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What factors determine the speed of calling an svn copy when packaging up a tag from trunk for a release?

I've been using git for the year or two and on a recent project I've had to go back to using subversion, and calling svn copy is taking anything between 2 and 25 minutes to complete on my machine before I commit, without too much correlation to how much code is changing each time.

What steps would you normally take to speed up the packaging process, or at least make it somewhat more predictable?

I know the smart thing would be to use git-svn, but I when I tried I was unable to push to the correct branch, and everyone else on the team is using svn, so I'm wary about adopting an unfamiliar tool halfway through a project.

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up vote 6 down vote accepted

That depends on whether you perform the svn copy on the repository or on your disk. The command takes two arguments, source and destination, each of which can be either a folder in a working copy or a URL into the repository.

When target is a local folder, then svn will perform a copy operation in your file system, which might take very long. You then have to commit that copy operation before it shows up in the repository.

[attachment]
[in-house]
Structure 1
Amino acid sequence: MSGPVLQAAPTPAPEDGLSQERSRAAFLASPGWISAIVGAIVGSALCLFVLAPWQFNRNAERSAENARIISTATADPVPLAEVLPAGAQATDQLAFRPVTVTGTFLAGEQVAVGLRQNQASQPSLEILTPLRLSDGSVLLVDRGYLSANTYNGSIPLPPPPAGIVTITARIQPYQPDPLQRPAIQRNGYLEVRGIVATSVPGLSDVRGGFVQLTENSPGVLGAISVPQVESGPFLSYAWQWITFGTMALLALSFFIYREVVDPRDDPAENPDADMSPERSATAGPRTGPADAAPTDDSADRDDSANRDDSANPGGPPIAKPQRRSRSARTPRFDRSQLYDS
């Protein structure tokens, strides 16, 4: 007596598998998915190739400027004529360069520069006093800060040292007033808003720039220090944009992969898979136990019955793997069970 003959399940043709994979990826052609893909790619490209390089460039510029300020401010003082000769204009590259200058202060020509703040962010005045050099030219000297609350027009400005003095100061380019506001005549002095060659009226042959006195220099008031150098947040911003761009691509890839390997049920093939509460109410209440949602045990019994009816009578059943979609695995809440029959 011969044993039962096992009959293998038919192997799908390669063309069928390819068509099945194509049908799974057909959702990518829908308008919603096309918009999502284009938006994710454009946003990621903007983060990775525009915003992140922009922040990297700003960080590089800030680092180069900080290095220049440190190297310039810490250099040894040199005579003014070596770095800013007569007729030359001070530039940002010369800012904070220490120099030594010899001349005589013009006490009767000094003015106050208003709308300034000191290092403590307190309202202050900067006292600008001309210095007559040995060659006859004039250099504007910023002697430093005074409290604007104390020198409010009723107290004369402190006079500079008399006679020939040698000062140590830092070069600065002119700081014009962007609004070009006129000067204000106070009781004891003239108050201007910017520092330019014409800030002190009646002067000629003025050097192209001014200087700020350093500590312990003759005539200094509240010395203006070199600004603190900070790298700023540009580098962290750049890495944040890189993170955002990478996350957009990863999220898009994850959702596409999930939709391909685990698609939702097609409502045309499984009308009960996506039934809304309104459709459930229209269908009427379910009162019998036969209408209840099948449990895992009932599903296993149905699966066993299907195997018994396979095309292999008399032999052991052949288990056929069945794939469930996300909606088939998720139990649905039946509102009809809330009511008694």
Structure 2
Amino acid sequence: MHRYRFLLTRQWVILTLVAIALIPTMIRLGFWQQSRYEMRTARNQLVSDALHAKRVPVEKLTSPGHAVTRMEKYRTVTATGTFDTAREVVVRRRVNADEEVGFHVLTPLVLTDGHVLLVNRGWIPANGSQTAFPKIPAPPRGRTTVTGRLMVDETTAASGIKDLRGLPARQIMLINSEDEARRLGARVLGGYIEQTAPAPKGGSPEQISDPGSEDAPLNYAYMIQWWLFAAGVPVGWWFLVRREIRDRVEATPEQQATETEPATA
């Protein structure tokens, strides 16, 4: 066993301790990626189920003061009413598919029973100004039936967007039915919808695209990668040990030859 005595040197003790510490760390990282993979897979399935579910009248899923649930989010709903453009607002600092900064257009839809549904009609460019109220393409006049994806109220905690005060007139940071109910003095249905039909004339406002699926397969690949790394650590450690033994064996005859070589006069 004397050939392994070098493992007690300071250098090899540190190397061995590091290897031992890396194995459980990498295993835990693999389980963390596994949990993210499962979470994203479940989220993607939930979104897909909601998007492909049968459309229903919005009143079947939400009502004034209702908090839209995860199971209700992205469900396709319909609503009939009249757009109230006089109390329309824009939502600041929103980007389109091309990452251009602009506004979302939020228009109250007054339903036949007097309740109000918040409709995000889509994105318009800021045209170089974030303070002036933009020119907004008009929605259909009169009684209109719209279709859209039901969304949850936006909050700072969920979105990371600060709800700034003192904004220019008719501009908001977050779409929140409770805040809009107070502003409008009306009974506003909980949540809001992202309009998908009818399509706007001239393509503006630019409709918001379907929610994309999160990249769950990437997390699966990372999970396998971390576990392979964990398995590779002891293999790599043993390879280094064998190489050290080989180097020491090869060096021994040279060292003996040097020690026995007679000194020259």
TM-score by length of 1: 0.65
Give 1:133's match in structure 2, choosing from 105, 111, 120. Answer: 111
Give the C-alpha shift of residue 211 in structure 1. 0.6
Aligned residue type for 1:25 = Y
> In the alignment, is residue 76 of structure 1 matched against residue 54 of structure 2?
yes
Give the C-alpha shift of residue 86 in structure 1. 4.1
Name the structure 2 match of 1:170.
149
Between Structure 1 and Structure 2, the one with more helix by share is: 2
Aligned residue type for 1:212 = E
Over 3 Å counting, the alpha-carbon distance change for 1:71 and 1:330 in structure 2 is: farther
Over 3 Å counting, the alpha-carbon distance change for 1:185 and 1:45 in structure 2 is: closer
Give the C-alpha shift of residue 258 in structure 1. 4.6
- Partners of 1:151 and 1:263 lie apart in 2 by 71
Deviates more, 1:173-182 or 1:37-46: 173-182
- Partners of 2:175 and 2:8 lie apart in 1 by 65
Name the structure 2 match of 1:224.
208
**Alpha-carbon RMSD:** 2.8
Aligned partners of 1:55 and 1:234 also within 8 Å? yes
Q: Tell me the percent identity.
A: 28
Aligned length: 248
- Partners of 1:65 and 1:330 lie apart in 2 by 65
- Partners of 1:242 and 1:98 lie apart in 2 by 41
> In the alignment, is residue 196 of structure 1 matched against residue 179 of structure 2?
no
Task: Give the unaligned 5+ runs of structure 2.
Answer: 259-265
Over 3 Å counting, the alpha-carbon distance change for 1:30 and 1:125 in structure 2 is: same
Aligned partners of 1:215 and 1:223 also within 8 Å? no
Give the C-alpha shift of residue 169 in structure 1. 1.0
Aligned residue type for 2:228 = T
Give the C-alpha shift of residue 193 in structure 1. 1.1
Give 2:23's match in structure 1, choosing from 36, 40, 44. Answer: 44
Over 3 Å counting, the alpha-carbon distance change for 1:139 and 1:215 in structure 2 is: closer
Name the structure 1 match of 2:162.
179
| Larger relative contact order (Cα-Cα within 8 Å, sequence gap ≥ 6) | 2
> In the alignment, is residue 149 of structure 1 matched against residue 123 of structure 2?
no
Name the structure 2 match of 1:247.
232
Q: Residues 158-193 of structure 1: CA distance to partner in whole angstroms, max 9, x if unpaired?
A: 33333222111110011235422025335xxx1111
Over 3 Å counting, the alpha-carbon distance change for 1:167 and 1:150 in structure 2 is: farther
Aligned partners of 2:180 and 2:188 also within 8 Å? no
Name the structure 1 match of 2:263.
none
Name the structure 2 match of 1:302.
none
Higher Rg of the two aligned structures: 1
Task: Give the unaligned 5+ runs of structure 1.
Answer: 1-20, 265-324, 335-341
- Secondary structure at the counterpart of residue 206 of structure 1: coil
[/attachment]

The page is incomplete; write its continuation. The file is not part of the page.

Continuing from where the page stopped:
However, if target is an URL in the repository, then the copying will happen in the repository immediately (no commit necessary). This is a O(1) operation and should be fast.
If you use this syntax, don't forget to specify a commit message. Also, if you want to actually use the branch/tag you created, you will have to either check it out (which again takes long) or switch your current working copy to it (which should be fast, since there shouldn't be any changes committed to the branch yet).

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